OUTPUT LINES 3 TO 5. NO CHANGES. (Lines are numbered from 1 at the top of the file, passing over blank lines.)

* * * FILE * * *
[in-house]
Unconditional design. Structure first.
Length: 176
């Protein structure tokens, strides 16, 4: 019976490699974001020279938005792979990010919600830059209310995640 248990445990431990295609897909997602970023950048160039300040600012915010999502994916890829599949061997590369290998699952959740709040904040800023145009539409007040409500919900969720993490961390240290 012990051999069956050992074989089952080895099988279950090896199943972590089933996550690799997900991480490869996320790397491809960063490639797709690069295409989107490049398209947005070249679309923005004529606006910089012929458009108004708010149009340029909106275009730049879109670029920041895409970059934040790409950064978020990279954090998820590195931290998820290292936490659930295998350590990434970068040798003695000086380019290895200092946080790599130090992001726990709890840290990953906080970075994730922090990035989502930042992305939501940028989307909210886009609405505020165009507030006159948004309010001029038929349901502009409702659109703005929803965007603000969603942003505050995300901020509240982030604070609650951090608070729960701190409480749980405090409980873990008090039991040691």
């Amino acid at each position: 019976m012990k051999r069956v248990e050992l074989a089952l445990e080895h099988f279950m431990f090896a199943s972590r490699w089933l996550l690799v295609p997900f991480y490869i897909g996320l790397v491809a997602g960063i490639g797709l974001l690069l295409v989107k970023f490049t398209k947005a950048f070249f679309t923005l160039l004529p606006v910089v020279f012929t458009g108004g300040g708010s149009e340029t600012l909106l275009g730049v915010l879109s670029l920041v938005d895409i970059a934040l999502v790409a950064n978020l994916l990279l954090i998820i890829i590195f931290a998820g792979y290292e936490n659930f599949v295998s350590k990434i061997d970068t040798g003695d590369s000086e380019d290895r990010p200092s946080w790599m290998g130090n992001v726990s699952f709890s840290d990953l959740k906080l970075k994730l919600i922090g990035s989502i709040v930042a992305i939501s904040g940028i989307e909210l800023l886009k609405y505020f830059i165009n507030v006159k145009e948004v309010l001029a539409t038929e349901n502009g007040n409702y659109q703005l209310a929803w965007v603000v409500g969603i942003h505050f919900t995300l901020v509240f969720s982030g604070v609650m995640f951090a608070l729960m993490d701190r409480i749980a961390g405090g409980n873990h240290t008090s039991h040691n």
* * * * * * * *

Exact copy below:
Length: 176
């Protein structure tokens, strides 16, 4: 019976490699974001020279938005792979990010919600830059209310995640 248990445990431990295609897909997602970023950048160039300040600012915010999502994916890829599949061997590369290998699952959740709040904040800023145009539409007040409500919900969720993490961390240290 012990051999069956050992074989089952080895099988279950090896199943972590089933996550690799997900991480490869996320790397491809960063490639797709690069295409989107490049398209947005070249679309923005004529606006910089012929458009108004708010149009340029909106275009730049879109670029920041895409970059934040790409950064978020990279954090998820590195931290998820290292936490659930295998350590990434970068040798003695000086380019290895200092946080790599130090992001726990709890840290990953906080970075994730922090990035989502930042992305939501940028989307909210886009609405505020165009507030006159948004309010001029038929349901502009409702659109703005929803965007603000969603942003505050995300901020509240982030604070609650951090608070729960701190409480749980405090409980873990008090039991040691």
């Amino acid at each position: 019976m012990k051999r069956v248990e050992l074989a089952l445990e080895h099988f279950m431990f090896a199943s972590r490699w089933l996550l690799v295609p997900f991480y490869i897909g996320l790397v491809a997602g960063i490639g797709l974001l690069l295409v989107k970023f490049t398209k947005a950048f070249f679309t923005l160039l004529p606006v910089v020279f012929t458009g108004g300040g708010s149009e340029t600012l909106l275009g730049v915010l879109s670029l920041v938005d895409i970059a934040l999502v790409a950064n978020l994916l990279l954090i998820i890829i590195f931290a998820g792979y290292e936490n659930f599949v295998s350590k990434i061997d970068t040798g003695d590369s000086e380019d290895r990010p200092s946080w790599m290998g130090n992001v726990s699952f709890s840290d990953l959740k906080l970075k994730l919600i922090g990035s989502i709040v930042a992305i939501s904040g940028i989307e909210l800023l886009k609405y505020f830059i165009n507030v006159k145009e948004v309010l001029a539409t038929e349901n502009g007040n409702y659109q703005l209310a929803w965007v603000v409500g969603i942003h505050f919900t995300l901020v509240f969720s982030g604070v609650m995640f951090a608070l729960m993490d701190r409480i749980a961390g405090g409980n873990h240290t008090s039991h040691n």